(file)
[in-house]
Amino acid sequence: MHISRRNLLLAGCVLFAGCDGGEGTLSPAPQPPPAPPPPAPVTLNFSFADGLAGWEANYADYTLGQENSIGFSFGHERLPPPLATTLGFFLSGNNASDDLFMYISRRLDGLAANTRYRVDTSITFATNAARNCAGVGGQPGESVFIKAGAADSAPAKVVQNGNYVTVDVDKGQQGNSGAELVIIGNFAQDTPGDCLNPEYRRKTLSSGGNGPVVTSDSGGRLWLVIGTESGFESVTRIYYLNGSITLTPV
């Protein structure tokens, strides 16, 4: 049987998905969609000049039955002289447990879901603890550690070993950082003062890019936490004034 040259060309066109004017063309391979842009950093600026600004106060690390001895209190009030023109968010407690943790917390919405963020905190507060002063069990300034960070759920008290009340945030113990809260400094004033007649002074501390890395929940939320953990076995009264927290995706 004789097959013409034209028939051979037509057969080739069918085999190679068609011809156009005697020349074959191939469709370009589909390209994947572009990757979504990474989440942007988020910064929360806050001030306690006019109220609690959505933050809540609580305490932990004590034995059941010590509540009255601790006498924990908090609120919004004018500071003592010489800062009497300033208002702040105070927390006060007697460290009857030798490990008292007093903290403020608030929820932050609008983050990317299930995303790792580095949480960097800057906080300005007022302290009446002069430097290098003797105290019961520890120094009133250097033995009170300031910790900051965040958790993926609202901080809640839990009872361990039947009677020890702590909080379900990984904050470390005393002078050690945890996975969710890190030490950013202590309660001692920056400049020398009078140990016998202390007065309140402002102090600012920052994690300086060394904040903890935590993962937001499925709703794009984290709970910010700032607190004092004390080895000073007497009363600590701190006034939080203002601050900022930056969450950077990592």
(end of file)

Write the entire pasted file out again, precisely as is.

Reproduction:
[in-house]
Amino acid sequence: MHISRRNLLLAGCVLFAGCDGGEGTLSPAPQPPPAPPPPAPVTLNFSFADGLAGWEANYADYTLGQENSIGFSFGHERLPPPLATTLGFFLSGNNASDDLFMYISRRLDGLAANTRYRVDTSITFATNAARNCAGVGGQPGESVFIKAGAADSAPAKVVQNGNYVTVDVDKGQQGNSGAELVIIGNFAQDTPGDCLNPEYRRKTLSSGGNGPVVTSDSGGRLWLVIGTESGFESVTRIYYLNGSITLTPV
């Protein structure tokens, strides 16, 4: 049987998905969609000049039955002289447990879901603890550690070993950082003062890019936490004034 040259060309066109004017063309391979842009950093600026600004106060690390001895209190009030023109968010407690943790917390919405963020905190507060002063069990300034960070759920008290009340945030113990809260400094004033007649002074501390890395929940939320953990076995009264927290995706 004789097959013409034209028939051979037509057969080739069918085999190679068609011809156009005697020349074959191939469709370009589909390209994947572009990757979504990474989440942007988020910064929360806050001030306690006019109220609690959505933050809540609580305490932990004590034995059941010590509540009255601790006498924990908090609120919004004018500071003592010489800062009497300033208002702040105070927390006060007697460290009857030798490990008292007093903290403020608030929820932050609008983050990317299930995303790792580095949480960097800057906080300005007022302290009446002069430097290098003797105290019961520890120094009133250097033995009170300031910790900051965040958790993926609202901080809640839990009872361990039947009677020890702590909080379900990984904050470390005393002078050690945890996975969710890190030490950013202590309660001692920056400049020398009078140990016998202390007065309140402002102090600012920052994690300086060394904040903890935590993962937001499925709703794009984290709970910010700032607190004092004390080895000073007497009363600590701190006034939080203002601050900022930056969450950077990592």